For ranking, we also report a precision-recall graph. This graph visualizes the trade-off between precision and recall by plotting precision against recall when packages are examined in a given order. For effective rankings, the precision will start out near 1.0 and will gradually drop to the fraction of vulnerable packages. Precision-recall graphs indicate how robust prediction models are and can also help choosing a different operating point. For example, in cases where 65% recall is considered to low, a precision-recall diagram allows choosing a higher recall and shows the resulting precision.

4.3 Results

The results of classifying and ranking 50 random splits are shown in Figure 5. The first subfigure is for classification, the others are for ranking.

5 Discussion

In the previous section we showed that the names of dependencies can actually predict vulnerabilities. In this section, we refine these results motivated by two observations:

In the subsequent subsections, we first describe a technique to find risky dependencies for a given package (Section 5.1) and next introduce two techniques to identify fragile packages, i.e., non-vulnerable packages that likely will turn vulnerable (Sections 5.2 and 5.3).

5.1 Explaining SVM Predictions

As we have seen, SVMs outperform decision trees for our data set. However, unlike decision trees, SVMs do not explain predictions, which makes it hard for developers to comprehend and have confidence in the outcome of SVM predictions. Even when they know that our models are correct in eight out of ten cases, it remains difficult for them to recognize the two cases where the model errs. In order to better explain the decision of an SVM to developers, we describe how to find dependencies that were most influential for the SVM's decision. Dependencies that led the SVM to classify a package as vulnerable are candidates for removal, replacement, or increased quality assurance.

An SVM model is a hyperplane H in m dimensions, where m ≥ n holds to ensure that the data is linearly separable.10 When used to classify a dependency vector w, which has n dimensions, the vector is first transformed to a vector w′ in m dimensions, according to the kernel used. Then the model looks on which side of the hyperplane vector w′ lies and returns the respective classification. The dependency that was most influential for the classification of a package is that dependency which moved the package the furthest away from the hyperplane, measured by the distance of w′ to H. One can use this technique also to rank all dependencies of a package.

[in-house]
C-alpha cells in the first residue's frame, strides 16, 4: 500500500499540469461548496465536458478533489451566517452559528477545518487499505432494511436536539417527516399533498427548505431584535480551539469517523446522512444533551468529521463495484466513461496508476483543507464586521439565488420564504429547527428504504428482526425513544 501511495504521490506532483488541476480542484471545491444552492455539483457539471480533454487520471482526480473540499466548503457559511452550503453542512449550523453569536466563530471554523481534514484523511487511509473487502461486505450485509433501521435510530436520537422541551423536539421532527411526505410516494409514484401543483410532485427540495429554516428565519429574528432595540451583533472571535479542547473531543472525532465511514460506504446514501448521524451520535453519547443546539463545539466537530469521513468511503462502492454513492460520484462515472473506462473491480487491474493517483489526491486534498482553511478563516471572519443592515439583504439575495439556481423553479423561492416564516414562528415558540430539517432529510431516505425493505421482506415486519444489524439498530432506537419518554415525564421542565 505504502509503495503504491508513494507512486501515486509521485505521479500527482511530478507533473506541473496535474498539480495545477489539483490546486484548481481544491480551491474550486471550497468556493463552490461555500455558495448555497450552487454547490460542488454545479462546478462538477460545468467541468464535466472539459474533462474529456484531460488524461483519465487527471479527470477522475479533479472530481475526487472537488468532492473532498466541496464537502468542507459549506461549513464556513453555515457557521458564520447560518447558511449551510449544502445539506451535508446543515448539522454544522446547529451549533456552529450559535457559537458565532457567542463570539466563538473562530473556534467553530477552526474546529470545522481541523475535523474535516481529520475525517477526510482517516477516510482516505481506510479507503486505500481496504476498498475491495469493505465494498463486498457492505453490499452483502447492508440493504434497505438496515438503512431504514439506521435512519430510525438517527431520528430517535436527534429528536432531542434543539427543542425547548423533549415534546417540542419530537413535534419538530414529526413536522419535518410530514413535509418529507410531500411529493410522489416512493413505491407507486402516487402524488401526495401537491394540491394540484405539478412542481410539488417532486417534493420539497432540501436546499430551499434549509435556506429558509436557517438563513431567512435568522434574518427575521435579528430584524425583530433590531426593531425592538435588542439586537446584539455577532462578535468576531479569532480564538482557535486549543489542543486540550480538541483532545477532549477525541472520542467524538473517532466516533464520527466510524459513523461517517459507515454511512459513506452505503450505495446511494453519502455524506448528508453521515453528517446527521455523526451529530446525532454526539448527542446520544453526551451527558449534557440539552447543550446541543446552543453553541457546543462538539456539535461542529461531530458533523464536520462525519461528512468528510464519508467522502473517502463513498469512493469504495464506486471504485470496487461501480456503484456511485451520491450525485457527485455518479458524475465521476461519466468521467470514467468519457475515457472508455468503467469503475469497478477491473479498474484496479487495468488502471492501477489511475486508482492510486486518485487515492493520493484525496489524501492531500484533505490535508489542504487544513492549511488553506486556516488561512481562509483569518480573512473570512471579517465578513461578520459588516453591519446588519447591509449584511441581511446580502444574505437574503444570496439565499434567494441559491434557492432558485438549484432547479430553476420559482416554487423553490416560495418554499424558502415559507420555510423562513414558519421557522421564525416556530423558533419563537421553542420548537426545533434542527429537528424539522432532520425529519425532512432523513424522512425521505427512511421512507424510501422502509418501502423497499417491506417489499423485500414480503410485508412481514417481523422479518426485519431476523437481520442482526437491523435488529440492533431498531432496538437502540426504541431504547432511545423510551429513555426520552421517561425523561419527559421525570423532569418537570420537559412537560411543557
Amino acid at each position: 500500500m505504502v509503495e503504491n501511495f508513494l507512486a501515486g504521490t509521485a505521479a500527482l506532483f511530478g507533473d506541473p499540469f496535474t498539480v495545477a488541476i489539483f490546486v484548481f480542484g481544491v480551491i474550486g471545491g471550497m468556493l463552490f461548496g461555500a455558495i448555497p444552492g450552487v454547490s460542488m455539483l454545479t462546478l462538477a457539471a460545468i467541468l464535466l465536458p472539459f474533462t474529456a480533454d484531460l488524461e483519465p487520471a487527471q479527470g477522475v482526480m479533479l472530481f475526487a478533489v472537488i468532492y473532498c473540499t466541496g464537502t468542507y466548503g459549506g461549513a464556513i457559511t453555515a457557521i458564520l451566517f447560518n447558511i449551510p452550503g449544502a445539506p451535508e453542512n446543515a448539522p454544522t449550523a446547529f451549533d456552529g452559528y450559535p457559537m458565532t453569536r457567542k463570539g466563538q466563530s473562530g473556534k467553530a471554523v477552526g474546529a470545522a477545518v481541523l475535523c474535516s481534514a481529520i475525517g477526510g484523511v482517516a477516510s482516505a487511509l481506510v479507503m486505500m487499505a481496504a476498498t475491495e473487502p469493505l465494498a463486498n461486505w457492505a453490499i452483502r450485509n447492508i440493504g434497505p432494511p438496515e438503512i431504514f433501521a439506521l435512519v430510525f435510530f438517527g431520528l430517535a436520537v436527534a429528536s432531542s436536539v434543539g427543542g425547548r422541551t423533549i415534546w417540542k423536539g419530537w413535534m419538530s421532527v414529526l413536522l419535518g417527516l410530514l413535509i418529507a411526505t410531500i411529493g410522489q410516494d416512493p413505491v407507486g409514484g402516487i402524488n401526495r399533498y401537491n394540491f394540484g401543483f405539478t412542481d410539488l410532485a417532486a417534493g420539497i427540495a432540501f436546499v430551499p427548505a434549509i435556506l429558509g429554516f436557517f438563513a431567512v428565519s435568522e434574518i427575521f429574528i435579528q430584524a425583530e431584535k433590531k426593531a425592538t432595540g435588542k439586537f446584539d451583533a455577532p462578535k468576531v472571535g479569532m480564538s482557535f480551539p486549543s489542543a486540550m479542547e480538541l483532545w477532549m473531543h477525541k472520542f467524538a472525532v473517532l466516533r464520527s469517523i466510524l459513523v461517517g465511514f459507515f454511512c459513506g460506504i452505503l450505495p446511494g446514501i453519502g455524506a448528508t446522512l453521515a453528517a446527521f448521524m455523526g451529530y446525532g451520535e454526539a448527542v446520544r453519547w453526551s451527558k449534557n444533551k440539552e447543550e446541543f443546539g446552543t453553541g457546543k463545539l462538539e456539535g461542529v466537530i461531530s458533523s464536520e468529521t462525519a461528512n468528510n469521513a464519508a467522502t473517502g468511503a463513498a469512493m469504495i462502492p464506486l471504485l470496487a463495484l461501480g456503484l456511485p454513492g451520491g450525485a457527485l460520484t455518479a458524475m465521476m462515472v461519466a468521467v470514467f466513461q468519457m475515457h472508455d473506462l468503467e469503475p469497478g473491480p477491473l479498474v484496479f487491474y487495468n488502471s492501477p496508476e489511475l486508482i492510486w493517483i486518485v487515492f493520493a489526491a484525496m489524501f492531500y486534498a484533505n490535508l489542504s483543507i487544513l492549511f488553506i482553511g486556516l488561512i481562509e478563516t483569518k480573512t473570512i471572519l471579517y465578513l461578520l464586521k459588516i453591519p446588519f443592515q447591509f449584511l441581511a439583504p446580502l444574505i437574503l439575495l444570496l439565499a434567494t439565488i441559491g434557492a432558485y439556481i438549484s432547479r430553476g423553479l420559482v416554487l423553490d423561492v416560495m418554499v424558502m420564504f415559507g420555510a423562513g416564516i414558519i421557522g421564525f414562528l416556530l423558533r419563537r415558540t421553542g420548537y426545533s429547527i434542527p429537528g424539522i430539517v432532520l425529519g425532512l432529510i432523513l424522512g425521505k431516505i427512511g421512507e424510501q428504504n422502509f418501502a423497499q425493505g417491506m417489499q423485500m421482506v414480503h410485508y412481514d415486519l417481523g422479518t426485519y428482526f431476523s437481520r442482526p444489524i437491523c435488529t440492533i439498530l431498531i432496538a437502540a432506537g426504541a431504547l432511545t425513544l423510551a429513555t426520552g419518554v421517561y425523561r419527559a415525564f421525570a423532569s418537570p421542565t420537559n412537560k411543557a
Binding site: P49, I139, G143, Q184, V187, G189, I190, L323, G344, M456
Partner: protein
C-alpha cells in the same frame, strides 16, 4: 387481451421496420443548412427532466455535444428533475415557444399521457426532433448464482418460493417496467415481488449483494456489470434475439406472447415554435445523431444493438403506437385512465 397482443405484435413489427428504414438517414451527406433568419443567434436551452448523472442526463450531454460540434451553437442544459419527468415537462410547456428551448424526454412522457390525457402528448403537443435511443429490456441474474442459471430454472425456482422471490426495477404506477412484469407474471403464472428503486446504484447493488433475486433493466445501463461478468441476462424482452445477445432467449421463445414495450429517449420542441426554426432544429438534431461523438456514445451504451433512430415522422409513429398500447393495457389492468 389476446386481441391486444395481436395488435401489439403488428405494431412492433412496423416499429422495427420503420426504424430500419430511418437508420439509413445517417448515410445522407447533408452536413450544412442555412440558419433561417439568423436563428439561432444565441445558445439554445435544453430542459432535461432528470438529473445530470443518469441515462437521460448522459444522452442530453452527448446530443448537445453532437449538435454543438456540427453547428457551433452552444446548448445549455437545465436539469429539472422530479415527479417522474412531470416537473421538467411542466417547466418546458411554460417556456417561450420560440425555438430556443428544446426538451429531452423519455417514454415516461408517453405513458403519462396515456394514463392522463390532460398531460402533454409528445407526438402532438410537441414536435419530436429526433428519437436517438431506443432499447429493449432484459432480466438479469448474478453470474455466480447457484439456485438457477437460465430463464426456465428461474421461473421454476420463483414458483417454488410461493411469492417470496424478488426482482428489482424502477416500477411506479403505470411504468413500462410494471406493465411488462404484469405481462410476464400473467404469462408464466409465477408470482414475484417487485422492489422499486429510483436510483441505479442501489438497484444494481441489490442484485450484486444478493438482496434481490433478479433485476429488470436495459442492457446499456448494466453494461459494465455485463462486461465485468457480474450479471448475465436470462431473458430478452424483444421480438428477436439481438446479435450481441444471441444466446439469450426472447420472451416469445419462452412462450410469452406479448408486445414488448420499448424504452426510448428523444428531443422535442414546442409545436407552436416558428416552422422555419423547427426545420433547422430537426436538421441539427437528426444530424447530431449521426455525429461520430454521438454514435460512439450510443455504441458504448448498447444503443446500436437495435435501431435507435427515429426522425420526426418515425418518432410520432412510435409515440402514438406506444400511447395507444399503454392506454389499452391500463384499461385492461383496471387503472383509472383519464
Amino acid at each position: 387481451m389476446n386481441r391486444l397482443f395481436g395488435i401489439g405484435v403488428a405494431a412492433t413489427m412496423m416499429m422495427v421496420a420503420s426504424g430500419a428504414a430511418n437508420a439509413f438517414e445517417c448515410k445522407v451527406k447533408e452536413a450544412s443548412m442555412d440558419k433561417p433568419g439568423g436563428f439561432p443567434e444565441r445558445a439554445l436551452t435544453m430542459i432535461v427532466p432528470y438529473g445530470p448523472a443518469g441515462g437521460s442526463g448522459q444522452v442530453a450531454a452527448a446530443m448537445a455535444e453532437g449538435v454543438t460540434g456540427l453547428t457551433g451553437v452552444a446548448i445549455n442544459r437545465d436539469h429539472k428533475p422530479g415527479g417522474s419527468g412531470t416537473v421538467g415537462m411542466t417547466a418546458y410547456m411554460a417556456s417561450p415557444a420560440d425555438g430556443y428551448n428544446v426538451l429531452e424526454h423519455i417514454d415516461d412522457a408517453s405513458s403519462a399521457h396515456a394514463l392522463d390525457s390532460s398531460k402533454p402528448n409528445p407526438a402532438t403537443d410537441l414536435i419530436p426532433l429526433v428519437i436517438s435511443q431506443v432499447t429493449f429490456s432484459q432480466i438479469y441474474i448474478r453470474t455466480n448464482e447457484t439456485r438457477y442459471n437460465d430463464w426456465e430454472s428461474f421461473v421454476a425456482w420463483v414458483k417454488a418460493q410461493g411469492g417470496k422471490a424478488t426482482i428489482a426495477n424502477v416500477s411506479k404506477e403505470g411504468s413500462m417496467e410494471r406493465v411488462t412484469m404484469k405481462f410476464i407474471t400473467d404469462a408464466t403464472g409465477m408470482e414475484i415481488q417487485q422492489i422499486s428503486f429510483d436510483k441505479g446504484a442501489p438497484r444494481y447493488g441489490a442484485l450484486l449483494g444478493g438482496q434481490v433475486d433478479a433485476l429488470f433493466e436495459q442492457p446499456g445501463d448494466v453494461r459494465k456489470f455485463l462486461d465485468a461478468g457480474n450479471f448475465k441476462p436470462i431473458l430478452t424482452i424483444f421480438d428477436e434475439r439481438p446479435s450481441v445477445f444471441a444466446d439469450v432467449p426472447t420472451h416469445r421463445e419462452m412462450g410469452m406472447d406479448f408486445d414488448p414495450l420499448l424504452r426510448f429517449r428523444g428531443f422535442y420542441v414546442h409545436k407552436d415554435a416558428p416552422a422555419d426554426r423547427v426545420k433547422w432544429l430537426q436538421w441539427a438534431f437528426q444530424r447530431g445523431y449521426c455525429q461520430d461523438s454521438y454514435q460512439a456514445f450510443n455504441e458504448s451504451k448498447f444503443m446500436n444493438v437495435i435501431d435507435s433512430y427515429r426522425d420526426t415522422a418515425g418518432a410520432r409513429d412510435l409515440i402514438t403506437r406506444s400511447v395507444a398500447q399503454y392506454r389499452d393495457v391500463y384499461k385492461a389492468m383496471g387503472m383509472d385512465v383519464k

Assume first that the linear kernel is used for the SVM. This kernel does not introduce any additional dimensions (thus m = n) nor does it perform any transformations (w = w′). Since the dependency vector w is binary (i.e., wk is either 0 or 1), one way of computing the most influential dependency is first to drop a perpendicular vector p from w on H. Then s is the dimension of this perpendicular vector p for which |ps| is a maximum.

If a kernel other than the linear one is used (m > n), we can find the most influential dependency as follows. For every component (dependency) k of the vector w for which wj = 1, we create a new, artificial, “flipped” dependency vector f by setting this component to 0:

fk = 0 if k = j; wk otherwise.

Then the most influential dependency is the one for which the flipped and transformed dependency vector f′ minimizes the distance to the hyperplane H (or even changes the classification from vulnerable to non-vulnerable). We call this technique bit-flipping.

As an example, consider the sendmail package with 21 dependencies. The distance between its dependency vector and the separating hyperplane is 3.88. The maximum reduction in distance is 0.73 and occurs with the removal of cyrus-sasl from the dependencies of sendmail. The package cyrus-sasl implements the Simple Authentication and Security Layer (SASL) [21], which is used to add authentication to connection-based protocols such as IMAP. The package is one the most popular SASL implementations; however, the high reduction in distance to the separating hyperplane, suggests that replacing the dependency with another SASL implementation (such as GNU SASL [17]) could decrease the risk of vulnerabilities. In any case, one should track patches and vulnerabilities in the cyrus-sasl package to check whether they affect sendmail.

5.2 Predicting Fragile Packages with SVMs

In order to predict fragile packages, i.e., regular packages that will turn into vulnerable packages, we again used SVMs. We took RHSAs prior to January 2008 to build a model from which we predicted which non-vulnerable packages have yet undiscovered vulnerabilities. We then used RHSAs from January 2008 onwards and additional information to assess the quality our model. The higher the percentage of correctly predicted packages, the stronger the model.

The basic idea is to learn an SVM regression model for the entire dataset (until January 2008) and then apply the model again to the same data. Packages without vulnerabilities but with predicted vulnerabilities are then considered to be fragile packages. Essentially, we predict the packages that the SVMs fails to describe in its model (and thus having high residuals) to be fragile.